“I do not believe in book launches. This is a time for celebration. Let’s enjoy.” That was perhaps the shortest book launch in the history of Indian publishing. But Deepak Nayyar, whose two new books, Trade and Globalisation and Liberalisation and Development, were released, would not have it otherwise, and those were the only words uttered from the podium.
Currently professor of economics at Delhi’s Jawaharlal Nehru University, Nayyar has written prolifically on his subject over the years. These companion volumes bring together a considerable part of his scholarship in 30 essays, which provide a mix of theory and policy, applied research and empirical work, and of the global economy and that of India.
“These volumes represent my intellectual journey, and the stopovers have been as important as the destinations," says Nayyar. He has indeed had a number of forays outside the world of academia, the latest being his recent five–year stint as vice chancellor of the University of Delhi, where his stint was noted for its drive for modernisation, of the course curricula and repair of rapidly failing university infrastructure.
Nayyar has also served as chief economic adviser in the finance ministry and later as secretary. He was selected to the Indian Administrative Service. He is member of a number of national and international commissions, including the National Knowledge Commission in India. But thought it all, his heart has been in academics, to which he has repeatedly returned.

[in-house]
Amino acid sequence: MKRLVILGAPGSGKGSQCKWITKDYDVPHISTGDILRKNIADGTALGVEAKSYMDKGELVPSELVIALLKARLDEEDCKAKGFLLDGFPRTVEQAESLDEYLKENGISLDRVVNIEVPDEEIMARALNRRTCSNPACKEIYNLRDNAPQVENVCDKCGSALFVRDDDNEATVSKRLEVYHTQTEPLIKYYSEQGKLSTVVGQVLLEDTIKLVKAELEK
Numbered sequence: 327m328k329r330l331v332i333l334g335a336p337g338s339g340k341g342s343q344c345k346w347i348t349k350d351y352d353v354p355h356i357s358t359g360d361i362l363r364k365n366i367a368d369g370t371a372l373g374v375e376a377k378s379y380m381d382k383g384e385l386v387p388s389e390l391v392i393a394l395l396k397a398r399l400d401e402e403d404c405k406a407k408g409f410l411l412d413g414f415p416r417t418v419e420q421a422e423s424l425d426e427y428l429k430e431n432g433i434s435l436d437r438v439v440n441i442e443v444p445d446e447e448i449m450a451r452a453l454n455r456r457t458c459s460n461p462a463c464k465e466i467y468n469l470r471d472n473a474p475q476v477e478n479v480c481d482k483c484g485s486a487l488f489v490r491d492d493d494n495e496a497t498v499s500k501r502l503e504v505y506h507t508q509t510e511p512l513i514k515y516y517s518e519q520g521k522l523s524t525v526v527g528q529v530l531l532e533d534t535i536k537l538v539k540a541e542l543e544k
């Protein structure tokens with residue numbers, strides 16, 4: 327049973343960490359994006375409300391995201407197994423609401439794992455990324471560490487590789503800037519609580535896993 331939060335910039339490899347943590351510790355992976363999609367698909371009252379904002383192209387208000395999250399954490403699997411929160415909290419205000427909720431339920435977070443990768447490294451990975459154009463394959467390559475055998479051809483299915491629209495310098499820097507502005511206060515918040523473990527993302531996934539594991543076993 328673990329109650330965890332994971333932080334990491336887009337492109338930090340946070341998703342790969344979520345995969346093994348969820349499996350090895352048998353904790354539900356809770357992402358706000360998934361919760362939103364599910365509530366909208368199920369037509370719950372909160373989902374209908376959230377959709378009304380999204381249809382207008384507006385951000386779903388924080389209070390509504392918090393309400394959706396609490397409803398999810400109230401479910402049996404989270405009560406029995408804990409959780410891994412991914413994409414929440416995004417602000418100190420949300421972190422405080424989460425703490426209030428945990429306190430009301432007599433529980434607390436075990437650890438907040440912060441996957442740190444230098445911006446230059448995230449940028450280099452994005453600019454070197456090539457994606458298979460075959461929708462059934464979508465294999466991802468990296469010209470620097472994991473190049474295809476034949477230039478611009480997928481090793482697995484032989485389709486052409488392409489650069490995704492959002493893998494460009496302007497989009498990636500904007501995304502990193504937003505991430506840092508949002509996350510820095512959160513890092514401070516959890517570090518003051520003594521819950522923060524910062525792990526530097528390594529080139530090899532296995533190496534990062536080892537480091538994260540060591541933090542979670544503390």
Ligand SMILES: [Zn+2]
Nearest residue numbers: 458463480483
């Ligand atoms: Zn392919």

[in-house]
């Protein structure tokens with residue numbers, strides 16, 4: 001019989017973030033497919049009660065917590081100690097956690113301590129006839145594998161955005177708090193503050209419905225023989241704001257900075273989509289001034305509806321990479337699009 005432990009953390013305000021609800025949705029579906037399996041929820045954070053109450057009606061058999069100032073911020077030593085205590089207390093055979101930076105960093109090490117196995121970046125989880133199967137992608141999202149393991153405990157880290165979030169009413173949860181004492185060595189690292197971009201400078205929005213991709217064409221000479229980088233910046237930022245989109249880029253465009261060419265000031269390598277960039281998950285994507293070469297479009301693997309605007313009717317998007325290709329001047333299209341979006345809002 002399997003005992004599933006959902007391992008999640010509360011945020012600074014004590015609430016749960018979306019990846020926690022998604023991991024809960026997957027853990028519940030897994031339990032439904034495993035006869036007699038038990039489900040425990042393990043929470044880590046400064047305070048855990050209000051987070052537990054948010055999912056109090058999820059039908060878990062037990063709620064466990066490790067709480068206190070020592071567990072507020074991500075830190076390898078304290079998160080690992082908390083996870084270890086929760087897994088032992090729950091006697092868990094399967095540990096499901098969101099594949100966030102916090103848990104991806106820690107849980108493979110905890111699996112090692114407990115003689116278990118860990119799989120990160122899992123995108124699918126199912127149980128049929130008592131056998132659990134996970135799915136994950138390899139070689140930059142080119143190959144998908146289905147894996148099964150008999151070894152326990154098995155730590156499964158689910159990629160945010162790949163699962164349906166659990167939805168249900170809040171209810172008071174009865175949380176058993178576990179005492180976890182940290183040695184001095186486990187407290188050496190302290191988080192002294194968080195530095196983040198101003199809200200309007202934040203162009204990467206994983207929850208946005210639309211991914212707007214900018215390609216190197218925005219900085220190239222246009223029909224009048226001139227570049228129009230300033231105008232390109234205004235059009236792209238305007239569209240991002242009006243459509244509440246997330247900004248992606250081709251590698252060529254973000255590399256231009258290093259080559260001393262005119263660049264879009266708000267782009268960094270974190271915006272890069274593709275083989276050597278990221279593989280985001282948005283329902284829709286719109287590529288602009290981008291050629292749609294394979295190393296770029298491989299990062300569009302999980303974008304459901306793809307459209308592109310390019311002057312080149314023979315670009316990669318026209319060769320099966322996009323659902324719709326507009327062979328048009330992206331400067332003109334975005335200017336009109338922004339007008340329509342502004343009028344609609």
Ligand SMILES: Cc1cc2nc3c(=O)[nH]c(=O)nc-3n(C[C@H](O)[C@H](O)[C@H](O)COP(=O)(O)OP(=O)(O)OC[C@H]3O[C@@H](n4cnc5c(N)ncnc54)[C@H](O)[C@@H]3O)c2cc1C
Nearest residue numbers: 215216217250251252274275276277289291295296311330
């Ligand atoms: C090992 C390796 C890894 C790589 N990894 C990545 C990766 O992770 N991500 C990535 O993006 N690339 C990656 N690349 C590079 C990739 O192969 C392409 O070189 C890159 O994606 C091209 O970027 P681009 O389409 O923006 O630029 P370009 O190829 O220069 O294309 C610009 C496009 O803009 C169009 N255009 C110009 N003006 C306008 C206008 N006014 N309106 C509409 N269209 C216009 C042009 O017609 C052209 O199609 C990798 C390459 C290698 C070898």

Talking about the books, he says, “Trade and Globalisation begins with the narrow canvas of trade and moves to the wider canvas of globalisation.”
Elaborating, he says, “globalisation means different things to different people, and these essays are not on economic programmes or countries but on welfare and people.”
The second volume looks at how theory and experience have moved in the second half of the 20th century, “of how markets and globalisation have transformed reality and reduced the space.” Pointing out that globalisation and liberalisation are part of the same whole, he says that different schools of thought have been driven differing perceptions of reality rather than what is happening on ground. The books look at economic theory, providing perspectives on diverse themes, from ‘hardy perennials’ to others largely ignored by the mainstream economics, eg the Free Trade Doctrine, the international labour movement or trade in services.